‘1619: The Journey of a People’ musical held at the Egyptian Theatre


Nyla Owens

The cast of the musical “1619: The Journey of a People,” performing on stage on Oct. 20 at the Egyptian Theatre. (Nyla Owens | Northern Star)

By Nick Glover, Lifestyle Editor

Thursday night at the Egyptian Theatre, there was a performance of the musical “1619: The Journey of a People,” which helped the audience learn about the experience of African American people throughout America’s history. 

The musical is based on a project by Nikole Hannah-Jones of the same name, the “1619 Project.” This project details the progression of anti-blackness in America starting in the year 1619, the year the first group of enslaved African people were brought to America. 

The musical chronicled the experience of people of the African diaspora in America.

Cut into two parts with a Q&A scheduled afterward, the show was prepped not only for entertainment but for history, bridge-building and education as well. 

Before the show started, the theater was full of laughter, welcomes and hellos. The regular crowd of Egyptian Theatre events was there, greeted by the staff, but there were also many audience members who attended the theater for the first time.

“This is my first time at the Egyptian Theatre,” said Laverne Renee Triplett, a DeKalb resident. “This was an opportunity to kill two birds with one stone, in a sense, to get to see the theater and to get to see the history.”

After thanking the sponsors, NIU and all who gave to the needs-drive for New Hope Food Pantry and Huskie Food Pantry, the show began.

Some of the first songs of the musical, “Captured” and “Slave for Life,” were signs of what was to come. The songs were rallying cries to the audience, showing whipping and slave-catching on stage, yet the songs managed to be entirely objective. 

If these songs lacked taste and class, they would have been shocking and may have turned people off to the show. Instead, the cast was able to make the audience understand the plight of enslaved people. 

“I learned a lot about our past, African American leaders and just a little more information about the things we’ve gone through as a nation,” said Carmone Branigan, a first-year sociology major.

The first half touched on key moments of the African American experience. Black icons such as W.E.B. Du Bois, Booker T. Washington and Frederick Douglass were referenced. 

For those who weren’t aware of these figures before the show, the audience learned about them through an entertaining and compelling story, with the possibility for historical learning and educational growth for those who are willing to learn their stories in their free time.

This is not to say that the cast did a poor job of telling the story of American history. Rather, the show seemed to emphasize the lack of education that Americans receive about this part of American history.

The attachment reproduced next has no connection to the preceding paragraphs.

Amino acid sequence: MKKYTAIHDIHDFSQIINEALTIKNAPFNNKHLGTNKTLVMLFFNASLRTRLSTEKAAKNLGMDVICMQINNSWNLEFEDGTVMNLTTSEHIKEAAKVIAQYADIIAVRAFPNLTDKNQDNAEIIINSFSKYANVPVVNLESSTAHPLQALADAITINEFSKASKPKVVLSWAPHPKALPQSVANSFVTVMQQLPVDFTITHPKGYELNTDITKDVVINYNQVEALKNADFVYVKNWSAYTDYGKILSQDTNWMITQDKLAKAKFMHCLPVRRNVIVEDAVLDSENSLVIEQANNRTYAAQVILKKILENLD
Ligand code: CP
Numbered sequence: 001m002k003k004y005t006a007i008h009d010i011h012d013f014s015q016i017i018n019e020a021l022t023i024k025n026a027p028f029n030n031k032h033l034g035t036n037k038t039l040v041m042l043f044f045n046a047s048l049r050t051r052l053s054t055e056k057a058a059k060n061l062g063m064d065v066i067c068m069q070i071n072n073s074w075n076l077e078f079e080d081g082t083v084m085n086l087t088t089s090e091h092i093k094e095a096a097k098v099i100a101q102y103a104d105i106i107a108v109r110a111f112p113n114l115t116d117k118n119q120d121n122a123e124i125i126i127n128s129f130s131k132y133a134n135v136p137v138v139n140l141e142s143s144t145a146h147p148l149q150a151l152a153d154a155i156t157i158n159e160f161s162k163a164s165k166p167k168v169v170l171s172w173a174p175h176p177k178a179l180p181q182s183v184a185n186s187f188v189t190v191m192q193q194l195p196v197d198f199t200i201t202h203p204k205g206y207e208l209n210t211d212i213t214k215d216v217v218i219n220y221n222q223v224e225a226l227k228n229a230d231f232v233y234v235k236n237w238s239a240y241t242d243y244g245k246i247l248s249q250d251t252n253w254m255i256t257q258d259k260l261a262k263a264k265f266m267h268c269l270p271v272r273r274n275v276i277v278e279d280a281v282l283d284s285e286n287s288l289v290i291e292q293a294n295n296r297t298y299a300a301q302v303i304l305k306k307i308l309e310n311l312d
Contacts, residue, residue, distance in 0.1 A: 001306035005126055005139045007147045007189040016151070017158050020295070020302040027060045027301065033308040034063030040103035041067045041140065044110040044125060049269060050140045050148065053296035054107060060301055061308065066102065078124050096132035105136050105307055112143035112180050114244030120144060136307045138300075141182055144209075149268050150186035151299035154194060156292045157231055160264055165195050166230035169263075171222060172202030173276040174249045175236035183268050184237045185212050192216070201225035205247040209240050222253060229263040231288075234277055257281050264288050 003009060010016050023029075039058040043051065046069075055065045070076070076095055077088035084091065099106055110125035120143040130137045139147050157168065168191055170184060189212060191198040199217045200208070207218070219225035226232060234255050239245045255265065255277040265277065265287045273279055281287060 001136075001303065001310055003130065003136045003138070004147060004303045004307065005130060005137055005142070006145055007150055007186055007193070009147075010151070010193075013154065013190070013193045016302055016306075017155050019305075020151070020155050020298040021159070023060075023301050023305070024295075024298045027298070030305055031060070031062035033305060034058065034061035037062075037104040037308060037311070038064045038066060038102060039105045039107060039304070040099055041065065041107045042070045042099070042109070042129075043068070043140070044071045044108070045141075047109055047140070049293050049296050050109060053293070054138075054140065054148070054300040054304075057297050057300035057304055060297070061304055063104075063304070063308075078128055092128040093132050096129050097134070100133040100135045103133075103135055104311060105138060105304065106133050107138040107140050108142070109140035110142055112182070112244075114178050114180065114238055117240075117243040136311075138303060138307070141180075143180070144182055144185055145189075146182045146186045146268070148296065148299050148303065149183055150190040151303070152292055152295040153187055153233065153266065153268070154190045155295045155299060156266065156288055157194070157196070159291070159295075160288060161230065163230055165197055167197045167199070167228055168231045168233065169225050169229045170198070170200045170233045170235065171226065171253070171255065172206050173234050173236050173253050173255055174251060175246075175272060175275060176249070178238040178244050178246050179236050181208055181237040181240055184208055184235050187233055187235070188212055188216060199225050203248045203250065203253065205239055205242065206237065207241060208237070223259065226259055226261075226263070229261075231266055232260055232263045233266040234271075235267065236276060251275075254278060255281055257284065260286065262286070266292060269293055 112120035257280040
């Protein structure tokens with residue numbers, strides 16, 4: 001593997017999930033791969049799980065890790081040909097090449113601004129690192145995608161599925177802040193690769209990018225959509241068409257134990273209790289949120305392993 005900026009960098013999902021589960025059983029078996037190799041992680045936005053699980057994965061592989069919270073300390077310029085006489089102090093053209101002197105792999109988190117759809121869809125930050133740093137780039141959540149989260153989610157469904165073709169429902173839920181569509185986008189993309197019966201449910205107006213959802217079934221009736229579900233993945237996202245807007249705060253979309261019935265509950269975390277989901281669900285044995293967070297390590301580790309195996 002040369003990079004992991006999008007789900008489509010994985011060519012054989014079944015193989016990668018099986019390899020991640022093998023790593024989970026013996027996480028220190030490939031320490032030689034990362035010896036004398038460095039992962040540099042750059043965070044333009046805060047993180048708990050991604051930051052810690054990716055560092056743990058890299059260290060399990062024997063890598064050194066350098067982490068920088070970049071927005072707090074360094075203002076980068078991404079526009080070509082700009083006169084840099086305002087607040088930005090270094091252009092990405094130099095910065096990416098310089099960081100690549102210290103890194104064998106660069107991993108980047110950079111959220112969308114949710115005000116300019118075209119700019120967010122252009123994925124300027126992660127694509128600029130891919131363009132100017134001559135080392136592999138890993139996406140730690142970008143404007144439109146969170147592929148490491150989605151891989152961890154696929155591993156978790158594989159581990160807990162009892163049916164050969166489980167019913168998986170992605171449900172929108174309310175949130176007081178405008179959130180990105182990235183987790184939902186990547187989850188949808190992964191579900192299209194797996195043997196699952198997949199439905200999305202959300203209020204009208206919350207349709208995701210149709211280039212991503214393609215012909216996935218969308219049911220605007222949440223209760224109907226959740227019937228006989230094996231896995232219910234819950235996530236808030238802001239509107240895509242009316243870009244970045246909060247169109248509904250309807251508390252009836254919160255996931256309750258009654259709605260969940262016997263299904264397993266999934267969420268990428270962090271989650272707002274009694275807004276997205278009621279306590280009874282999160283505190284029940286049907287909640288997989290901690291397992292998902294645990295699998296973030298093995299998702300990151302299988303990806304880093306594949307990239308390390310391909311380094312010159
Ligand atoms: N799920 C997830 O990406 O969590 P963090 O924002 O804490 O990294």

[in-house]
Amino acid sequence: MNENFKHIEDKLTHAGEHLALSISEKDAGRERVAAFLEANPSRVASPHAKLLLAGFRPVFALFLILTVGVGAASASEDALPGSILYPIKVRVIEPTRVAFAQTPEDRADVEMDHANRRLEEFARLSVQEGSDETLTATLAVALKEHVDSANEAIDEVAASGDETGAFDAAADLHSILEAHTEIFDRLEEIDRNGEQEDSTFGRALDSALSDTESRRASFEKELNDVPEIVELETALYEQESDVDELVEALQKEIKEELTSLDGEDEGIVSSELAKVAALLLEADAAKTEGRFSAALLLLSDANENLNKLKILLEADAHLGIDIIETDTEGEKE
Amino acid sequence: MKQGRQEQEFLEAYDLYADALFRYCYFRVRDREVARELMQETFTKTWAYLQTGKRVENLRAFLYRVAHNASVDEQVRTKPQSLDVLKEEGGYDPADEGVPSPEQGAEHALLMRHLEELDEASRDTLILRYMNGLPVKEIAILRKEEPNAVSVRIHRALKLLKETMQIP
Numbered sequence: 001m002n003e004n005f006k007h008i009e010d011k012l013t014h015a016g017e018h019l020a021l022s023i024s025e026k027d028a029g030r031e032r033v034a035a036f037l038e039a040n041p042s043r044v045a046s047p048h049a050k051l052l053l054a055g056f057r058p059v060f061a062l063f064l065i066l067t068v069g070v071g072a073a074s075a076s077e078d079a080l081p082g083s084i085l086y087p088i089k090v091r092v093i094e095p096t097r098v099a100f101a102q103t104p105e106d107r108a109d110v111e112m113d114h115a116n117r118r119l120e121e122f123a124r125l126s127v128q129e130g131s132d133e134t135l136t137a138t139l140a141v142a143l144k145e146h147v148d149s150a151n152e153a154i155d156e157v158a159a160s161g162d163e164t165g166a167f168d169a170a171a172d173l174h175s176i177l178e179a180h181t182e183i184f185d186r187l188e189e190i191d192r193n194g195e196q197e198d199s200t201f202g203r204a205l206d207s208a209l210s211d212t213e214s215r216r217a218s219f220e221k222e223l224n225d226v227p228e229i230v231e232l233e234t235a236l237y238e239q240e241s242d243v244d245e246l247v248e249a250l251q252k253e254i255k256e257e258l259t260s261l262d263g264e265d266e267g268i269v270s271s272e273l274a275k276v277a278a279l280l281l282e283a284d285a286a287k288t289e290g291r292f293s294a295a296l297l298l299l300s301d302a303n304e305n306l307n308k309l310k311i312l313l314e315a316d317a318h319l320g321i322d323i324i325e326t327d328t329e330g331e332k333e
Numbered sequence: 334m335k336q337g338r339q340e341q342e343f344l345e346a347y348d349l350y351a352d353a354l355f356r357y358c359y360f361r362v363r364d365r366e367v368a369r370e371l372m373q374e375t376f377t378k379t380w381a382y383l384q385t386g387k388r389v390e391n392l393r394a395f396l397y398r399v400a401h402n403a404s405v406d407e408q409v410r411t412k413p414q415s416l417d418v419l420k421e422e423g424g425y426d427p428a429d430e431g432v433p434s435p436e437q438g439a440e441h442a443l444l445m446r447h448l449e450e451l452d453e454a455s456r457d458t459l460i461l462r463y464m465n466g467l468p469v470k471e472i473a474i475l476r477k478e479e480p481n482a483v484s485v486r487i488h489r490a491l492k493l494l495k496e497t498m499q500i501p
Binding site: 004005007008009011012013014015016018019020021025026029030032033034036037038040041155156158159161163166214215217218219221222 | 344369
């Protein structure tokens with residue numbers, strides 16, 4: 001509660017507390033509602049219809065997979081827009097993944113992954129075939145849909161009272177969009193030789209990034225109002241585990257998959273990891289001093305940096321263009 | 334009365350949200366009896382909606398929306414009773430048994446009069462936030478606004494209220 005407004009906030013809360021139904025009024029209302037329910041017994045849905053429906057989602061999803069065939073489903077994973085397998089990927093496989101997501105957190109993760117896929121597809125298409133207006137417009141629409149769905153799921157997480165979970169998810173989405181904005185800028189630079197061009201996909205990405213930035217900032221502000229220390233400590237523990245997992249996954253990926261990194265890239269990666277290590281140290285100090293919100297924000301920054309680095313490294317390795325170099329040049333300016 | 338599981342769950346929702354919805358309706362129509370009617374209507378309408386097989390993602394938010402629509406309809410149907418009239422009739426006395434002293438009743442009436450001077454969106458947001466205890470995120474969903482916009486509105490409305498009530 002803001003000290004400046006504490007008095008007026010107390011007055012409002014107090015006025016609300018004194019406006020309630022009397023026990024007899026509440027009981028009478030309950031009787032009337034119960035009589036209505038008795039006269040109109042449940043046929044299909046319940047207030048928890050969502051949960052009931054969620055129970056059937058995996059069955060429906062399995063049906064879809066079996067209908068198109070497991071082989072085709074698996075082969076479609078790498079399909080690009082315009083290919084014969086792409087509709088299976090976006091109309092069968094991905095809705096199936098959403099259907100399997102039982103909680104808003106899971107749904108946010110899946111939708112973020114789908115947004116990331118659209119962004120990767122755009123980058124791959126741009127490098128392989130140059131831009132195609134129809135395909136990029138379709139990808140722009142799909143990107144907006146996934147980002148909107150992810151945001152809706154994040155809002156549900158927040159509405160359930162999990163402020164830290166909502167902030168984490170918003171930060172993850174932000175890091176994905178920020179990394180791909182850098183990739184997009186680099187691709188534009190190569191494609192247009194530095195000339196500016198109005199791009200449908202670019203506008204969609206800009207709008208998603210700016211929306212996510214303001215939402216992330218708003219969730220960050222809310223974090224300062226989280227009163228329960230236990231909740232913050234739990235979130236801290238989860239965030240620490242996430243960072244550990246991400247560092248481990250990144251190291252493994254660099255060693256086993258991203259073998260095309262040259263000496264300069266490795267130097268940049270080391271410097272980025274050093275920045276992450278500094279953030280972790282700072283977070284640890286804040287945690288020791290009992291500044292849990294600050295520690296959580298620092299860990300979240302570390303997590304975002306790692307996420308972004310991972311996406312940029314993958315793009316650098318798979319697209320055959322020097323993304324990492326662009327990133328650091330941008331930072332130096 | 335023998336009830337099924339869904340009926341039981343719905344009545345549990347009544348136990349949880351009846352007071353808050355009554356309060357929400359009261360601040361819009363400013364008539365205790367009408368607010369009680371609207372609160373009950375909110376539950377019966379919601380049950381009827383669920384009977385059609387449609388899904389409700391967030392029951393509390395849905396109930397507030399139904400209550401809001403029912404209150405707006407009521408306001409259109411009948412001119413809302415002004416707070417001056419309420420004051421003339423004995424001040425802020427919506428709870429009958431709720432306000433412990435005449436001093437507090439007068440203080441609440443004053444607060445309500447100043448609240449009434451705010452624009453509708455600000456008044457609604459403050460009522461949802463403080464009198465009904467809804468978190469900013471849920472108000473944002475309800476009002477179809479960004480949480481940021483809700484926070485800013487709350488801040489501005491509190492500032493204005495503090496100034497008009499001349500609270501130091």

As the curtain fell for intermission, the song “Trying” came to a close. “Trying” is a song about the struggles for freedom that African Americans face. The song argues that though progress has been made, there is not equity among all Americans. The song ends by repeating, “I’m still trying,” a cry to the audience to keep fighting for change.

As the crowd emptied from the theater for intermission, there was a pack of students sitting together, enjoying themselves. 

Part of that pack are Aidan Marshall, a junior mechanical engineering major, and Jack Janik, a junior finance major, both members of Phi Sigma Kappa. During intermission, they shared their thoughts about the show.

“I think it’s been awesome,” Marshall said. 

“It’s gotten my noggin’ joggin’ that’s for sure,” Janik said.

When the second half started it was clear from its first quotes to the constant reference to his name, speeches and ideas, that the focus of the play was going to shift: Martin Luther King Jr. 

The half spanned the jazz age of the ‘20s up to the Black Lives Matter protests of the previous five years. Finally, a question was yelled to the audience: “What would MLK say about these Divided States of America today?”

The Q&A started right after the final curtain came down. 

Ted Williams III, the producer, playwright and performer playing Dexter, the symbol of Black excellence in the musical, said that this was the hardest show he has had to play in the years of touring this piece. Williams woke up Thursday morning with no voice, but by not talking all day he was able to make it through the show, albeit with a noticeable rasp in his voice.

Ozivell Ecford performed the role of Benjamin and played the djembe drum on stage throughout the night.

“My hope for the show is that people come see the show and that when they leave they have the necessary important conversations to keep the messages of this show alive,” Ecford said. “I hope that people are kinder to each other and that they tell their stories.”